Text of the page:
• bihai
    17 years ago

    I think Merit is only good for scale when its in its crawling stage, not after it forms the protective covering (but I may be wrong about that) and I don;t think Merit will do anything for the eggs of the next generation. Merit is the same stuff in the flea/tick medicine (like Advantage) for pets...it works by paralyzing the insects mouthparts, so they have to either get a direct hit or bite and suck for it to work. I have tried the Bayer Systemic containing the active ingredient (Imiclopramid...unless I mispelled that) on other types of plants and been VERY UNIMPRESSED.

  • LisaCLV
    17 years ago

    I have used Marathon (I believe it is similar to Merit, only in granular formulation) for scale on broms. It is very effective at preventing new infestation for up to 4 months, but it won't dislodge the old ones from your plants, although it does seem to kill them. In fact, the only way I know to remove the bodies of the old ones is to physically remove them by hand. A cotton ball dipped in alcohol makes them come off a lot easier, and will also kill any that are still alive. Works good on mealybugs too.

    I know this is a hassle if you have a lot of plants, and especially if they're planted out. The Marathon is easy to use though, just sprinkle it around the base of the plant. It's long-lasting, and one of the safer pesticides to use, but it is also very expensive-- over $100 per (half-filled) gallon container. I can go through about 3 of these every time I treat all my plants, so I tend not to use it as often as I should.

  • bihai
    17 years ago

    Marathon and Merit are the same thing, as in they both have the same active ingredient, the stuff in Advantage flea killer. I "think" the difference between them is that one is "approved" for the "home gardener" and one is mainly for the professional grower. Both are supposedly costing an arm and a leg! Again I may be in error but I think that's what I remember. You can find, if you are very diligent in looking for it, a couple of products that have the same active ingredient. One I have read about is a "grub" treatment for lawns. I am pretty sure it was a Bayer product. The one specified was the "24 hour grub treatment". Its a granular product that I have never been able to find locally here. There are several grub treatments, but none have the Imiclopramid (sp?)

    The other products are liquid treatments that you dilute with water and pour around the bases of the plants. These are both Bayer products....one is the Bayer Systemic Rose treatment. It has a rather low percentage of the actuve insecticide. The other is the same thing but designed for trees and shrubs, its much more concentrated. I have used both on heliconias, gingers, and other plants for mealybugs, and it has not been very effective. I think the reason why is it would take so much to systemically "reach" all the plant....you dose it according to the diameter of the tree trunk, the height of the plant, etc. Some of my heliconias are 20 ft tall, it would take a huge amount to treat them individually, and by "estimating" the dosage, these products just haven't worked for me. I think I am going to have better control with the oil sprays.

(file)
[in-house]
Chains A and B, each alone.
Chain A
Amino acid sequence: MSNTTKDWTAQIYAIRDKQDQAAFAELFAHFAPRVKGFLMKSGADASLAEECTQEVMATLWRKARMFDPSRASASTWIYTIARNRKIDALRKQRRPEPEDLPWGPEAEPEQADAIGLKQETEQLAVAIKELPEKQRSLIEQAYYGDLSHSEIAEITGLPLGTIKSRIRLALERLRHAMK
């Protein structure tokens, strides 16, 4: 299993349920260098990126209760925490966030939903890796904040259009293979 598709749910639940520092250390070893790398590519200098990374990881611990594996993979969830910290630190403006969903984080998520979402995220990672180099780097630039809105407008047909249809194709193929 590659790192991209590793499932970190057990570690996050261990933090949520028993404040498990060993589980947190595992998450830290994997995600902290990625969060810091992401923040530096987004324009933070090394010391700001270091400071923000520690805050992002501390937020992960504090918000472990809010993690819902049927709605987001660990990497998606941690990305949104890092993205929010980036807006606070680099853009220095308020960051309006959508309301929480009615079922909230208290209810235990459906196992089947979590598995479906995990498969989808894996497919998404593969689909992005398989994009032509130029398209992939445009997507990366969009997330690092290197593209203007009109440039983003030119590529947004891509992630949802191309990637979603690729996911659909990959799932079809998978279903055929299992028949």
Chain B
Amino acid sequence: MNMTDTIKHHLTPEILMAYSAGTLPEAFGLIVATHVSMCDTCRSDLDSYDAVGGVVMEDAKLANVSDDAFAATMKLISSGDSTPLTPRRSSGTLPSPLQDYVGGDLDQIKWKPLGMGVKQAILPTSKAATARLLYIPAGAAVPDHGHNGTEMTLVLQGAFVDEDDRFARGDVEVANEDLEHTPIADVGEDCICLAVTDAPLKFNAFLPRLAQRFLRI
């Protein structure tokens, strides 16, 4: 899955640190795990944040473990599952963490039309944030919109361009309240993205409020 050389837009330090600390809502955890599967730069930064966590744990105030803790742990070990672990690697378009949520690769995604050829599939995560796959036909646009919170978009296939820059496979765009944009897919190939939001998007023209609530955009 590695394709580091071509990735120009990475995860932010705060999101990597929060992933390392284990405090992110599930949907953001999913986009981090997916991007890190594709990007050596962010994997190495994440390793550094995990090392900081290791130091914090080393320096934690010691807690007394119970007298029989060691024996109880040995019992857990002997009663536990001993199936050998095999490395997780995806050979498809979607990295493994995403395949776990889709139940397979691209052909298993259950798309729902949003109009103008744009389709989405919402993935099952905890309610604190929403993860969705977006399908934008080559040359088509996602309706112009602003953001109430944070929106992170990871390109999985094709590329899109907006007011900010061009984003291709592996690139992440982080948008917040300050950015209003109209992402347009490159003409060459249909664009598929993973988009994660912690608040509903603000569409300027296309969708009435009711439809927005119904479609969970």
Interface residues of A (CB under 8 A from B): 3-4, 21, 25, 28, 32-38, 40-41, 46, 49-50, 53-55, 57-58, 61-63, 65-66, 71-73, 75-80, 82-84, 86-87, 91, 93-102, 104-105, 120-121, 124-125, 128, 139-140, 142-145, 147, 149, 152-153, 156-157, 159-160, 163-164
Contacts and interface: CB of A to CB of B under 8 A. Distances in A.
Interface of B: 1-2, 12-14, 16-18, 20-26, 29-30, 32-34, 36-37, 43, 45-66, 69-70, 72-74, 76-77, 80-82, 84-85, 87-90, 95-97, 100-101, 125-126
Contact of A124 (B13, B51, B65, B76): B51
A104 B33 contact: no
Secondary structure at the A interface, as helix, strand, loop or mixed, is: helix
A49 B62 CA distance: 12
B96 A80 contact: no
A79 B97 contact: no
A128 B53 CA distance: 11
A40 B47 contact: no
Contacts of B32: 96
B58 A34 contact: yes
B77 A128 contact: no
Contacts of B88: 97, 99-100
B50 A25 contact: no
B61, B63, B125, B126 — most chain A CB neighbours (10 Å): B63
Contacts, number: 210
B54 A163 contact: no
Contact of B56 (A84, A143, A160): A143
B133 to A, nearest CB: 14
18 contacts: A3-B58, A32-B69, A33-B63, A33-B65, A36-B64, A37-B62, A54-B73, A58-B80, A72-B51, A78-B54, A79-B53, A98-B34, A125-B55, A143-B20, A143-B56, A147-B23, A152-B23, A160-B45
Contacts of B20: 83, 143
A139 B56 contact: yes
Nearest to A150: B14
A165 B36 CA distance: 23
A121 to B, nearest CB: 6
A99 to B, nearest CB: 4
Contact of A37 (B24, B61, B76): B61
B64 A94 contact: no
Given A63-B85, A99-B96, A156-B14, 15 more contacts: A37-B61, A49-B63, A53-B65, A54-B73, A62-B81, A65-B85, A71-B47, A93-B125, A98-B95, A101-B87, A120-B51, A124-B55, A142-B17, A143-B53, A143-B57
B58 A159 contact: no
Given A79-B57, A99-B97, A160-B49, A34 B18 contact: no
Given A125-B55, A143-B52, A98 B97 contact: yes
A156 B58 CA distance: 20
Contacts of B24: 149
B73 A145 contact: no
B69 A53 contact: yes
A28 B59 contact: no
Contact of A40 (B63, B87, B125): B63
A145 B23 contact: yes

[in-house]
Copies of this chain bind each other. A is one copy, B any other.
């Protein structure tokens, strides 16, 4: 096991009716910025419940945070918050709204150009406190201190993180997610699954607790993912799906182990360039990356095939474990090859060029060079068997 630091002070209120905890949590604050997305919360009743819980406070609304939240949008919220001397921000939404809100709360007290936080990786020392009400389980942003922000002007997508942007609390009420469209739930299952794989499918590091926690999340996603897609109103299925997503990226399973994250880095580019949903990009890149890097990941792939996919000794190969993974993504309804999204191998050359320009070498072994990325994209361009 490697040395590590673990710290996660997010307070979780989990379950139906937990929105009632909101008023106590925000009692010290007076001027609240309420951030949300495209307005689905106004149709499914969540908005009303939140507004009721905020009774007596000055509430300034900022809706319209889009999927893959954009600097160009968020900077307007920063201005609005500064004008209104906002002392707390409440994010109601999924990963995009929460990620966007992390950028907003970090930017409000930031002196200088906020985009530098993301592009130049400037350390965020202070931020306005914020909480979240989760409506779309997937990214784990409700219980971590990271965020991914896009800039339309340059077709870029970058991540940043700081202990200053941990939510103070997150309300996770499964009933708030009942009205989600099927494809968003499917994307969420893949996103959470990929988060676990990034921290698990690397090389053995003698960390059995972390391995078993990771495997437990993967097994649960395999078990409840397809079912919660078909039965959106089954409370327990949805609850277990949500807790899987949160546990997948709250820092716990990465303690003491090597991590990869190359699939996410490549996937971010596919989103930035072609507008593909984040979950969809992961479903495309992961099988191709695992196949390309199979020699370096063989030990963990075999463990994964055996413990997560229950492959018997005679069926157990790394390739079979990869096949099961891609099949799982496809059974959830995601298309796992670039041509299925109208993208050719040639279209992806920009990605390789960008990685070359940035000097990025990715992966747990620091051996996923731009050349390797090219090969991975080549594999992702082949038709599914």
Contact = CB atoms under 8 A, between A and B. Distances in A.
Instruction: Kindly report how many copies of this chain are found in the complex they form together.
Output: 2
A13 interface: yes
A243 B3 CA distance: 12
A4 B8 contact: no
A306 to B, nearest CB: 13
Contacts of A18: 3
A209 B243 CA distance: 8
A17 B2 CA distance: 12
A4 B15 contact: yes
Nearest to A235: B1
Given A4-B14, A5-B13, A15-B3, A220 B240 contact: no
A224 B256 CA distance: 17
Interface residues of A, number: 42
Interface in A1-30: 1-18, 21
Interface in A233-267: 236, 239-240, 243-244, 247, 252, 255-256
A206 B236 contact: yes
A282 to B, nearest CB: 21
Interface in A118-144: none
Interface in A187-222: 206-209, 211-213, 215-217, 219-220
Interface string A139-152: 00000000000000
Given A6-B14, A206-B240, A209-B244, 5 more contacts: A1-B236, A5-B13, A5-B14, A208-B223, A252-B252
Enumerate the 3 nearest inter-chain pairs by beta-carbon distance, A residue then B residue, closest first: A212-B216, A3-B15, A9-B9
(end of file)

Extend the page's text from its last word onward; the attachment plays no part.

• Minxie
    17 years ago

    Try digging up a plant from each variety you have and potting and then treat them. when new pups emerge keep them treated for scale seperate as soon as they are large enough. I am surprised that scale is a problem with them planted out. Unless chemicals have been used that killed the natural preditors of scale. If that is so..your have two choices pot and treat or trash them

  • pllove
    Original Author
    17 years ago

    Well...the 100 pots I ordered are here...and i still don't know what to do!...A tractor and plow sounds nice...but then I'd have to move all of the large rocks..Hmm.. a bulldozer could take the big rocks,too... Darn this sucks!!!

  • plantsplus
    17 years ago

    Are your plants growing in sun? If you do a search on the internet I think you should be able to find an article about a canola oil and soap spray which has been used by a bromeliad grower in Australia who I think is also a chemist. I have spoken to one grower who used it and said it worked fine. The plants must be in a well lit area for it to work. As with any thing if you have a lot of plants it will be a lot of work but I would not do them all - just separate some off and do an experiment and if it works you will have a non toxic cure, if not nothing lost as the mothers will eventually die anyway so use them for your experiments. Good luck

  • Minxie
    17 years ago

    Warning Warning! Danger Wlll Robinson!
    The one the thing I WOULD NOT USE is any type of of oil on a NEOREGELIA. Especially if your a novice.

  • bihai
    17 years ago

    And ESPECIALLY in the sun! Oil sprays of any kind used in the sun or in too hot environment burn leaves.

  • LisaCLV
    17 years ago

    Ditto. No oils of any kind on any bromeliads, it gums up the trichomes and can suffocate the plant. There may be some exceptions I don't know about, but if in doubt, don't try it!

  • pllove
    Original Author
    17 years ago

    Well...I think I might need some more pots!..How do you toss plants in the trash..squint and gag ???? So far..the spraying doesn't look like it hurt them!...AND I must be nuttier than a fruit cake...I have my eye on some other bromeliads... Is this normal ?????? I'm only trying to keep 1 or 2 of the plants I have now....

  • Minxie
    17 years ago

    Just keep the infected ones away from the new plants or you will have same problem..might need to treat the grounds where infected ones lived ...several times and keep granular insect killers down for extra protection